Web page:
Carl Ferdinand Cori Biochemist pharmacologist Discovered Catalytic Conversion Of Glycogen

Carl Ferdinand Cori – discoverer of catalytic conversion of glycogen

Category : Personalities
Published by : Data Research Analyst, Worldofchemicals.com

Biography & contributions

Carl Ferdinand Cori was a Czech biochemist and pharmacologist and Nobel laureate born on December 05, 1896 – died on October 20, 1984. The Cori’s most notable contribution to science was their series of discoveries that elucidated the pathway of glycogen breakdown in animal cells and the enzymic basis of its regulation. Those discoveries formed a linear sequence that fell into four parts: the Cori Cycle - “cycle of carbohydrates”.

Cori was the winner of many notable awards and prizes in his lifetime like Albert Lasker Award for Basic Medical Research in the year of 1946, shared Nobel Prize with Argentine physiologist Bernardo Houssay in the year of 1947, Willard Gibbs Medal, St Louis Award and Garvan Medals in the year of 1948, Sugar Research Prize in the year of 1950, Borden Award in the year of 1951.

Facts about Glycogen


Glycogen is a branched biopolymer consisting of linear chains of glucose residues and it is also called animal starch. Glycogen is synthesized and stored mainly in the liver and the muscles. Glycogen can be utilized a fuel substrate in the absence of oxygen. It maintains body’s glucose levels. Glycogen is the source of energy for exercise. Glycogen supplies energy during the first few minutes of any sport. In humans, glycogen is made and stored primarily in the cells of the liver and the muscles, and functions as the secondary long-term energy storage. Glycogen is found in the form of granules in the cytosol/cytoplasm in many cell types, and plays an important role in the glucose cycle. Glycogen forms an energy reserve that can be quickly mobilized to meet a sudden need for glucose, but one that is less compact than the energy reserves of triglycerides.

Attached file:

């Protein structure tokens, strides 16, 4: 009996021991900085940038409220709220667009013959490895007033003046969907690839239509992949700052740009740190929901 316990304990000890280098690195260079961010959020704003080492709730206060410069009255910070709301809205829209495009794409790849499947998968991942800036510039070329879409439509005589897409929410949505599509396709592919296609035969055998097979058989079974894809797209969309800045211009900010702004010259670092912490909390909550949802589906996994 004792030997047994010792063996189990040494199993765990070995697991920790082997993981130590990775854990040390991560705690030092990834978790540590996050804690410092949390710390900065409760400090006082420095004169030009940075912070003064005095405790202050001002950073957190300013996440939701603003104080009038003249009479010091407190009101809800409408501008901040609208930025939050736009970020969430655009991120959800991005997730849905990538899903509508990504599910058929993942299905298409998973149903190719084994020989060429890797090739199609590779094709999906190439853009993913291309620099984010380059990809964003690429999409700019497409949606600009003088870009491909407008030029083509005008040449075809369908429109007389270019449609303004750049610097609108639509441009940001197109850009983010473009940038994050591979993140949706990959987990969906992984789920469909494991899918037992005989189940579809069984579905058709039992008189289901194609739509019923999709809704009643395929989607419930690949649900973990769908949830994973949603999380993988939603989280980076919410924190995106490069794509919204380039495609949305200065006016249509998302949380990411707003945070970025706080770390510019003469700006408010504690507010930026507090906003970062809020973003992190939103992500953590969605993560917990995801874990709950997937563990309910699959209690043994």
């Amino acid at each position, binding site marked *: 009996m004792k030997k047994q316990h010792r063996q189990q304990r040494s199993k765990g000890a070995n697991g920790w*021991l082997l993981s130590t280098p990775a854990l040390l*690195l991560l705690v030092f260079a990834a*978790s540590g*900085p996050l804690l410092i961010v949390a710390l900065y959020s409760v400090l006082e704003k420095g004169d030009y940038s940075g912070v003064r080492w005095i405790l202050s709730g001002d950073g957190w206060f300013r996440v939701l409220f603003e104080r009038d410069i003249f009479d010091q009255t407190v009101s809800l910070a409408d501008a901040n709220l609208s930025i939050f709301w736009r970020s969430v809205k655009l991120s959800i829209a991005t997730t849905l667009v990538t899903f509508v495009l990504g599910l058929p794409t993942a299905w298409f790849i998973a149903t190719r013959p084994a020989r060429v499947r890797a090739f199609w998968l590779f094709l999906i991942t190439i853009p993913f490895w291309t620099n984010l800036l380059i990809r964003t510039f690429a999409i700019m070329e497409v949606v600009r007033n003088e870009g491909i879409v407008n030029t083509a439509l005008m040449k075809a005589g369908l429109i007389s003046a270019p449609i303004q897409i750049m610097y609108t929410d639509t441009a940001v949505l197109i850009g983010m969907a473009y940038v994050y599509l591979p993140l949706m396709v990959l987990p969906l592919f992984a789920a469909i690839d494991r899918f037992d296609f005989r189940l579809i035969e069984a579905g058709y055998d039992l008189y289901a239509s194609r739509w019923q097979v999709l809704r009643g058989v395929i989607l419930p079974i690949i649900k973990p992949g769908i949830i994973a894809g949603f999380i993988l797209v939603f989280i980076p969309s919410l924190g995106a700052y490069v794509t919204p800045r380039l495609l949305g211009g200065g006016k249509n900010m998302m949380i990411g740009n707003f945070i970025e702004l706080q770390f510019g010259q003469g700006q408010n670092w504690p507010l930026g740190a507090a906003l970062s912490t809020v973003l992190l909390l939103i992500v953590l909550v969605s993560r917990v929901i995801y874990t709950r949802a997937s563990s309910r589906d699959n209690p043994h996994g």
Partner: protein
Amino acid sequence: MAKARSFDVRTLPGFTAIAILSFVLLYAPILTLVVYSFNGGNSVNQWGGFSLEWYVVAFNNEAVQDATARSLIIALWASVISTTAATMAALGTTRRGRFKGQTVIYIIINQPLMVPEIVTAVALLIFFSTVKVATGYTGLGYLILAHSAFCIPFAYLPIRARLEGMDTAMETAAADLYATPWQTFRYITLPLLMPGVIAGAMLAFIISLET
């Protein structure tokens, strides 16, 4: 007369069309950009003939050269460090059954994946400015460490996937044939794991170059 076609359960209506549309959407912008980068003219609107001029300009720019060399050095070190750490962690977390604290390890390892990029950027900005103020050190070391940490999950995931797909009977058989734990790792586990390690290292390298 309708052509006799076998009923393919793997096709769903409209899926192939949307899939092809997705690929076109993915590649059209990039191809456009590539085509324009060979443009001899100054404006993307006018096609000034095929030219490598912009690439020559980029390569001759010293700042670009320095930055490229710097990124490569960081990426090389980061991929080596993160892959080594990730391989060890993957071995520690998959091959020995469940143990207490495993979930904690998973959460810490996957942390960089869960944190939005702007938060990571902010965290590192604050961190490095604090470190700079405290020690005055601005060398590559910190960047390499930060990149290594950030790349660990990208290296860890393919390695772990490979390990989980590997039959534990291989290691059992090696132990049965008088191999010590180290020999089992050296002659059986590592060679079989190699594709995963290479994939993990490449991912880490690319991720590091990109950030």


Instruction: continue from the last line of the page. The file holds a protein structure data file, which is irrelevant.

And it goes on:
Marathon runners often experience condition called 'glycogen debt' where around the 20th mile or so, the athletes glycogen stores are depleted due to all the running ,therefore additional amount of glucose can be produced to provide instant energy and at this point. The average person stores enough glycogen to last its levels 12 to 14 hours.

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